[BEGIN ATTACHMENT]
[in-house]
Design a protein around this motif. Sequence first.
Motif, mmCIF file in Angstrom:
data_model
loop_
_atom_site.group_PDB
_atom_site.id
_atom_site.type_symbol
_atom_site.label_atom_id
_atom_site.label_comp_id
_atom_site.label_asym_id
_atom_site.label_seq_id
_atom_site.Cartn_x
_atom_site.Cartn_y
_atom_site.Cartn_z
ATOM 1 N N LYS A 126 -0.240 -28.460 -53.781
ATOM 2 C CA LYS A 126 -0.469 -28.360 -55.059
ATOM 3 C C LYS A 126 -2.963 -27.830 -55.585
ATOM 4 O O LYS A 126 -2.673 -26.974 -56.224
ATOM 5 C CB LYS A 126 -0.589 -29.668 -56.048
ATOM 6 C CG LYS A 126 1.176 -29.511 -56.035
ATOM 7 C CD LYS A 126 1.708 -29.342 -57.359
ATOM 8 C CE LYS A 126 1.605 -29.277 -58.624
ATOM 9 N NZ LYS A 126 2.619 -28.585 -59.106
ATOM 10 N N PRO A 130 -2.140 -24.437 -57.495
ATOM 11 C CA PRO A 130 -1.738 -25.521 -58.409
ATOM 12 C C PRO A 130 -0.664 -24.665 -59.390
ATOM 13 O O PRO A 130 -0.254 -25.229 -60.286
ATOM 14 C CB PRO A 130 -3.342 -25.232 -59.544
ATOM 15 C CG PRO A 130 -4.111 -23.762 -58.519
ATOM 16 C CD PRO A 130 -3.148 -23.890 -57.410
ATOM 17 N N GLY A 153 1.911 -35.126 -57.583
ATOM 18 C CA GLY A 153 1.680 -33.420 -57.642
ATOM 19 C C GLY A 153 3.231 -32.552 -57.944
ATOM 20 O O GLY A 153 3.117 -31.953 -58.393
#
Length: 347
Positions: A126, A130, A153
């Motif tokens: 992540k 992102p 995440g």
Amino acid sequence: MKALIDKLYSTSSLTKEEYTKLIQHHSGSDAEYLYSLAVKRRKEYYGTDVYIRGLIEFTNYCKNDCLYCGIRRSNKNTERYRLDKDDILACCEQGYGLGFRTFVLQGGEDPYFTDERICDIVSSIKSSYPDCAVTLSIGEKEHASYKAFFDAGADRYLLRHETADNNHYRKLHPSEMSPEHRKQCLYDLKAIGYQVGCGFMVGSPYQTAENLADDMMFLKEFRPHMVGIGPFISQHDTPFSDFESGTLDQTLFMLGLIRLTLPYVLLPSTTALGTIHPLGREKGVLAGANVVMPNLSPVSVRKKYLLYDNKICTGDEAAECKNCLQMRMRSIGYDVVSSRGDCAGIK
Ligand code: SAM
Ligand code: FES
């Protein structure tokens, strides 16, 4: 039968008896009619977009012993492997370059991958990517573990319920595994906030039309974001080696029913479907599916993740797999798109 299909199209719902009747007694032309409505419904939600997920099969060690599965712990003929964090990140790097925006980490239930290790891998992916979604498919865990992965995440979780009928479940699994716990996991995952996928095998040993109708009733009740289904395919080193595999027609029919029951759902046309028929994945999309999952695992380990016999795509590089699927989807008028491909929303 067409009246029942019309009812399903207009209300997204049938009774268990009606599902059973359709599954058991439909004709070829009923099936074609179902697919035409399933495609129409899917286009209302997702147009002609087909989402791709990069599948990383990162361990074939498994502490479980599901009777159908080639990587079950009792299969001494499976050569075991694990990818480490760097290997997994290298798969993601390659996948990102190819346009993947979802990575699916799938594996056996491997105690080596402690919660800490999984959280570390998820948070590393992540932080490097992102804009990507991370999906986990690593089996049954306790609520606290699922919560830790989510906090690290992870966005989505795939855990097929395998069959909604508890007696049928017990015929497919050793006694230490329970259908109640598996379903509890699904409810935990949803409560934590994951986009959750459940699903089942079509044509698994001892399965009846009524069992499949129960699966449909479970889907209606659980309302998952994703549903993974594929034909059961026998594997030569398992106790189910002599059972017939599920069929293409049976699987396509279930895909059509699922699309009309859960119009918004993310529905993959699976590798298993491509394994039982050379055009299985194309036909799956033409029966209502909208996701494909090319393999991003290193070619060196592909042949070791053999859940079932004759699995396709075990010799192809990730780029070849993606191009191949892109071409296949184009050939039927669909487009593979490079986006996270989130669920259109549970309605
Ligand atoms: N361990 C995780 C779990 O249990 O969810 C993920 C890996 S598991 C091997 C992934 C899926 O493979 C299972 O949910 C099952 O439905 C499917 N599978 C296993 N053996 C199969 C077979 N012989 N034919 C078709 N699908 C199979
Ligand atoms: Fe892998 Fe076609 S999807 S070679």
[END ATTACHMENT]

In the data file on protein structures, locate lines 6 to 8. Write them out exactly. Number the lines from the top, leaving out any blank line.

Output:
_atom_site.group_PDB
_atom_site.id
_atom_site.type_symbol